Our team worked with them for a day, alongside their team we set out to clean up the streets of Tasajera community in order to state two things: (1) We were there to serve the village, and (2) we believe that trash management is essential for a healthy environment.

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  1. Mapping of Streets of Tasajera Community

The last major project of the volunteer week was the development of a map of the community. This was an important project because of the lack of geospatial information of the community. This project had the initial goal of developing a map of the community that would facilitate visitors, missionaries, and tourists with a guide through the village containing features such as churches, schools, stores, police post, main ports, restaurants, common areas, and streets. With the professional assistance of Suzanne Marselis (The Netherlands) and the guidance of local Francisco Funes, the project came to a successful conclusion when the final map was handed over to the tourism cooperative of the community, who accepted our contribution as a significant step forward for the community in providing missionaries and visitors the tools to immerse in the community and its culture.

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Spiritual Impact

The Tasajera experience is very special, because we don’t “advertize” our Christian faith on paper, instead we teach by example. Our team was instructed to follow the Christian values of EMANA and to filter every decision they make through the Jesus filter. Various people expressed a shift in perspective experienced throughout the trip, moments that changed something in them and opened them more to the love of God. At different times, God worked on people through different means, some attended local churches for prayer, others worshiped God with musical instruments, and others asked that we pray for them. Many in the group were intrigued about what they saw in us and started to ask questions about God and how to sustain an intimate relationship with God that allows one to stand firm in Christ and not stumbling all the time. Constant conversation and teachings of the importance of prayer, service, and selflessness were constant throughout the week.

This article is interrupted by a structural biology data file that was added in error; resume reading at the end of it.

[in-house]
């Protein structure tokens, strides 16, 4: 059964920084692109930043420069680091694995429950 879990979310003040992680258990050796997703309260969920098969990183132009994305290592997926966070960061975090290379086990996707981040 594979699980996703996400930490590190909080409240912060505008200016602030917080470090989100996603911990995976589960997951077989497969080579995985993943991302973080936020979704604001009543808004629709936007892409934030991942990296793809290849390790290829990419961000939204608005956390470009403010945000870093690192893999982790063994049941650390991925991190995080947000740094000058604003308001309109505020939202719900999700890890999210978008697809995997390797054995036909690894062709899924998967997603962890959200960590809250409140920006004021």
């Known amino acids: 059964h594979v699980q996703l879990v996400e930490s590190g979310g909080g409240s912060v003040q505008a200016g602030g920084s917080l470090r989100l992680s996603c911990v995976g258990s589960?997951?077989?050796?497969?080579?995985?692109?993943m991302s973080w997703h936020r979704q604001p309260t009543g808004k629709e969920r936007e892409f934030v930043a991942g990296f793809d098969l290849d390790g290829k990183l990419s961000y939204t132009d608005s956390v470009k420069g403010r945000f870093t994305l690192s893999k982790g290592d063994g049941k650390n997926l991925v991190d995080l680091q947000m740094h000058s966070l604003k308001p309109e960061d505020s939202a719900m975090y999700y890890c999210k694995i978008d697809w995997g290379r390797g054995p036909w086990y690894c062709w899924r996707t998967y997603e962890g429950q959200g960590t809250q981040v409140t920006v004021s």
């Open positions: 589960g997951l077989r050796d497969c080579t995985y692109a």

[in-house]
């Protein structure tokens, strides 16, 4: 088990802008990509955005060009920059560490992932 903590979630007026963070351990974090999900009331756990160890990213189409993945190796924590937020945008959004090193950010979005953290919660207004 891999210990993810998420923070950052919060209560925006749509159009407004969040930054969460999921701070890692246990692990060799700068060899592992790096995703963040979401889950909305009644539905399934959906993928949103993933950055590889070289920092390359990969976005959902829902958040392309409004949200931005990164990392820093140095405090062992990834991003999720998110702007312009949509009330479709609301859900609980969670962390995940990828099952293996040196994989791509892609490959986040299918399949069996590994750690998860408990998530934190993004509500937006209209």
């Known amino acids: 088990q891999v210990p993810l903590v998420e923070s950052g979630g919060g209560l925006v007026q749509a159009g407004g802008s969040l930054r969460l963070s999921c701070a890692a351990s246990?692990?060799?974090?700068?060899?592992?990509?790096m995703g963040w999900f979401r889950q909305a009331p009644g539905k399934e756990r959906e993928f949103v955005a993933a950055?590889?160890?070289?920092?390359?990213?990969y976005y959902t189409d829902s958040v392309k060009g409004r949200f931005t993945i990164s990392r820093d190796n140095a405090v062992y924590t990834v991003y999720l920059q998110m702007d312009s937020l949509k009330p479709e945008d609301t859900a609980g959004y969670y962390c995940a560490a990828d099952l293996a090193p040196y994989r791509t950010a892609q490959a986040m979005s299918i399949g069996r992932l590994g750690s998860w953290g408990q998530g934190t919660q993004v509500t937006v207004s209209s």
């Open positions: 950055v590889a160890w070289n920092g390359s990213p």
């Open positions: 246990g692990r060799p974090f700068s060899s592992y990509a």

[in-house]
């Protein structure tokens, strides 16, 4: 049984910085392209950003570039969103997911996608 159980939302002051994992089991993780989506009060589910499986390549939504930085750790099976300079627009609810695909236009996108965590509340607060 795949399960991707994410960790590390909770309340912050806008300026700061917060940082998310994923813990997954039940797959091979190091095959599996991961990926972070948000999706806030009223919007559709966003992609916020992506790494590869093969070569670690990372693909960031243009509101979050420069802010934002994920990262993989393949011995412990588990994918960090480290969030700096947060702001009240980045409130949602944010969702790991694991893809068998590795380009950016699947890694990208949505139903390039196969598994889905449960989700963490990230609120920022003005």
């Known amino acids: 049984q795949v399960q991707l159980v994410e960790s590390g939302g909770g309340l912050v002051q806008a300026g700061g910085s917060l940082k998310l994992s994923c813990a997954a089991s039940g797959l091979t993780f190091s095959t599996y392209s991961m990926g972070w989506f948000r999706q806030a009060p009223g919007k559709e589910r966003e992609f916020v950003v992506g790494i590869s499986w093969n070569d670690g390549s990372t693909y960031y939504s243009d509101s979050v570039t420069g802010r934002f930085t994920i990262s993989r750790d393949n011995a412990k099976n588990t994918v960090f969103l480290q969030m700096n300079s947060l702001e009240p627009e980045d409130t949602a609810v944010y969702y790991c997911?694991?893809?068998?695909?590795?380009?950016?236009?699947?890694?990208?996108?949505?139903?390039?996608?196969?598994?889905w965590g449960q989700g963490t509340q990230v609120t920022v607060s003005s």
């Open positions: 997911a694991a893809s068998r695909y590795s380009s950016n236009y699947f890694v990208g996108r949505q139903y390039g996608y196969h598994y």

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EMANA Structure and Development Projections

For years EMANA has been focusing on developing a network of educated social operatives that can be reliable, trustworthy, and faithful to the EMANA values. The need to improve the implementation of development projects in impoverished communities is not limited to our group, in fact, this is the major concern of multinational non-profit organizations that fail to provide proper maintenance to expensive projects. I can say with confidence that our team has evolved into a full-functioning organizational structure, capable of providing the following services: (1) Community assessment, (2) project development and implementation, (3) logistics for international groups, (4) project administration and (5) research planning.